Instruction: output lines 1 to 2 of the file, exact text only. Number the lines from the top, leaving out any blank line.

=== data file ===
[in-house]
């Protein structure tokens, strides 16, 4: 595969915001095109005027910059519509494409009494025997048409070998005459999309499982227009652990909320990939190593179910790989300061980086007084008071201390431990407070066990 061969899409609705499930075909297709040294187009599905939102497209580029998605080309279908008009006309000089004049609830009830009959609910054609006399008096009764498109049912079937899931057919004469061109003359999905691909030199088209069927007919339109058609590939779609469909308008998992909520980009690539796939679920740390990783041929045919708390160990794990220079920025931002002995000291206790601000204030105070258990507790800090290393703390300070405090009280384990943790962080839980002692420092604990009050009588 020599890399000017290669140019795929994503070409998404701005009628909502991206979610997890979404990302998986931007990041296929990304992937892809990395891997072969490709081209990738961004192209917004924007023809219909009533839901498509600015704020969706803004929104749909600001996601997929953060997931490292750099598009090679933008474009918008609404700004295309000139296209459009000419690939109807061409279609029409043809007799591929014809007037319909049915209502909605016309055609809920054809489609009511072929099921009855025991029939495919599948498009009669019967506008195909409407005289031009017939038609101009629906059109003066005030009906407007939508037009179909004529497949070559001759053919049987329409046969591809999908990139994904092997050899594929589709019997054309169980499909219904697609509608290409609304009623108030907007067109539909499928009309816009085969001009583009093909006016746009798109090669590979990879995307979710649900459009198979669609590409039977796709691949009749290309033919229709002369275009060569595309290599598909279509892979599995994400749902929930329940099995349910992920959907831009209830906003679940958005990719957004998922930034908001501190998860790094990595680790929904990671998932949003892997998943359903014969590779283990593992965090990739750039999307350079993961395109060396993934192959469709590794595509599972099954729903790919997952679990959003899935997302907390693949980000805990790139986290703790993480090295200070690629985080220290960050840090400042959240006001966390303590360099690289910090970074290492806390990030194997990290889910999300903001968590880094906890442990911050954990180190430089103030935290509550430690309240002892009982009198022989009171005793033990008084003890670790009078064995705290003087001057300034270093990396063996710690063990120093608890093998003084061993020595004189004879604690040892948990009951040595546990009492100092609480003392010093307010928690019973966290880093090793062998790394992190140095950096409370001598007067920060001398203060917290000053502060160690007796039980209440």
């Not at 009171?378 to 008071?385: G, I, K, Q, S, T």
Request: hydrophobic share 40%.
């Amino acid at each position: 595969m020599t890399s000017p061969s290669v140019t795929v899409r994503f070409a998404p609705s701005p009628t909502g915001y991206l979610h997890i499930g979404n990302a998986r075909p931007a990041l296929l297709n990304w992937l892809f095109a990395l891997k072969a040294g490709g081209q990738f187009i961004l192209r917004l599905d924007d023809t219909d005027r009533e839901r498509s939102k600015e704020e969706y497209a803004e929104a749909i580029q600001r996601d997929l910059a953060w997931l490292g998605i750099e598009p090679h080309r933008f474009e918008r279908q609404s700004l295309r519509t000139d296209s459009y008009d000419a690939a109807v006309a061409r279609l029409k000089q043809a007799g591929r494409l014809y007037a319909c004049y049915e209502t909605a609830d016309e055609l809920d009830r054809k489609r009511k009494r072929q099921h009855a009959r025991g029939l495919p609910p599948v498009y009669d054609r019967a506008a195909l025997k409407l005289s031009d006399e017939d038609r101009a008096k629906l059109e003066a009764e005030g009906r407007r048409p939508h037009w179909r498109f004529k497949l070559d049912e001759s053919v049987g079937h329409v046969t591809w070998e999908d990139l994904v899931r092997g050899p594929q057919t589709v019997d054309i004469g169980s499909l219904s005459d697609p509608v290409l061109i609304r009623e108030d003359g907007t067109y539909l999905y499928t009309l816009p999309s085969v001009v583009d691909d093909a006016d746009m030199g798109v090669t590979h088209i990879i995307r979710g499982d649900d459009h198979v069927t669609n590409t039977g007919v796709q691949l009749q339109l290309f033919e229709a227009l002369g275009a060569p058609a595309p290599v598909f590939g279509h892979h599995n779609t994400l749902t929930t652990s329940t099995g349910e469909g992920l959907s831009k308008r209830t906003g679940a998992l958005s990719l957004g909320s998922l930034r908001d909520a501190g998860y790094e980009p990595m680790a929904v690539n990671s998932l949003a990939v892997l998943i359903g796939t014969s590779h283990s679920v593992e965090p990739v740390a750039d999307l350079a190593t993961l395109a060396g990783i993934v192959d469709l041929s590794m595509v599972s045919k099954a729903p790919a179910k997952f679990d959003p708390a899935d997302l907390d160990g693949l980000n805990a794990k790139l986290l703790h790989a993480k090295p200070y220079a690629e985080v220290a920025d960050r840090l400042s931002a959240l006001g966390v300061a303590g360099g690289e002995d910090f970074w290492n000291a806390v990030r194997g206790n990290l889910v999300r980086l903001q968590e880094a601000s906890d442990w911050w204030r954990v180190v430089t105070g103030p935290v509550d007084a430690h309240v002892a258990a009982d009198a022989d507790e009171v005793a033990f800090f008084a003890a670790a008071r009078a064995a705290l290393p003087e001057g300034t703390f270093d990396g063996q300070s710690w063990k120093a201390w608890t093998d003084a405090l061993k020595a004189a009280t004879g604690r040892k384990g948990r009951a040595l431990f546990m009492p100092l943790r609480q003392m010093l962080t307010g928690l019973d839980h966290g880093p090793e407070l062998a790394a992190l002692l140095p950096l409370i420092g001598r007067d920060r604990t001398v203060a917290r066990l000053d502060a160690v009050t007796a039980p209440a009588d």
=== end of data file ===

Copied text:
[in-house]
């Protein structure tokens, strides 16, 4: 595969915001095109005027910059519509494409009494025997048409070998005459999309499982227009652990909320990939190593179910790989300061980086007084008071201390431990407070066990 061969899409609705499930075909297709040294187009599905939102497209580029998605080309279908008009006309000089004049609830009830009959609910054609006399008096009764498109049912079937899931057919004469061109003359999905691909030199088209069927007919339109058609590939779609469909308008998992909520980009690539796939679920740390990783041929045919708390160990794990220079920025931002002995000291206790601000204030105070258990507790800090290393703390300070405090009280384990943790962080839980002692420092604990009050009588 020599890399000017290669140019795929994503070409998404701005009628909502991206979610997890979404990302998986931007990041296929990304992937892809990395891997072969490709081209990738961004192209917004924007023809219909009533839901498509600015704020969706803004929104749909600001996601997929953060997931490292750099598009090679933008474009918008609404700004295309000139296209459009000419690939109807061409279609029409043809007799591929014809007037319909049915209502909605016309055609809920054809489609009511072929099921009855025991029939495919599948498009009669019967506008195909409407005289031009017939038609101009629906059109003066005030009906407007939508037009179909004529497949070559001759053919049987329409046969591809999908990139994904092997050899594929589709019997054309169980499909219904697609509608290409609304009623108030907007067109539909499928009309816009085969001009583009093909006016746009798109090669590979990879995307979710649900459009198979669609590409039977796709691949009749290309033919229709002369275009060569595309290599598909279509892979599995994400749902929930329940099995349910992920959907831009209830906003679940958005990719957004998922930034908001501190998860790094990595680790929904990671998932949003892997998943359903014969590779283990593992965090990739750039999307350079993961395109060396993934192959469709590794595509599972099954729903790919997952679990959003899935997302907390693949980000805990790139986290703790993480090295200070690629985080220290960050840090400042959240006001966390303590360099690289910090970074290492806390990030194997990290889910999300903001968590880094906890442990911050954990180190430089103030935290509550430690309240002892009982009198022989009171005793033990008084003890670790009078064995705290003087001057300034270093990396063996710690063990120093608890093998003084061993020595004189004879604690040892948990009951040595546990009492100092609480003392010093307010928690019973966290880093090793062998790394992190140095950096409370001598007067920060001398203060917290000053502060160690007796039980209440």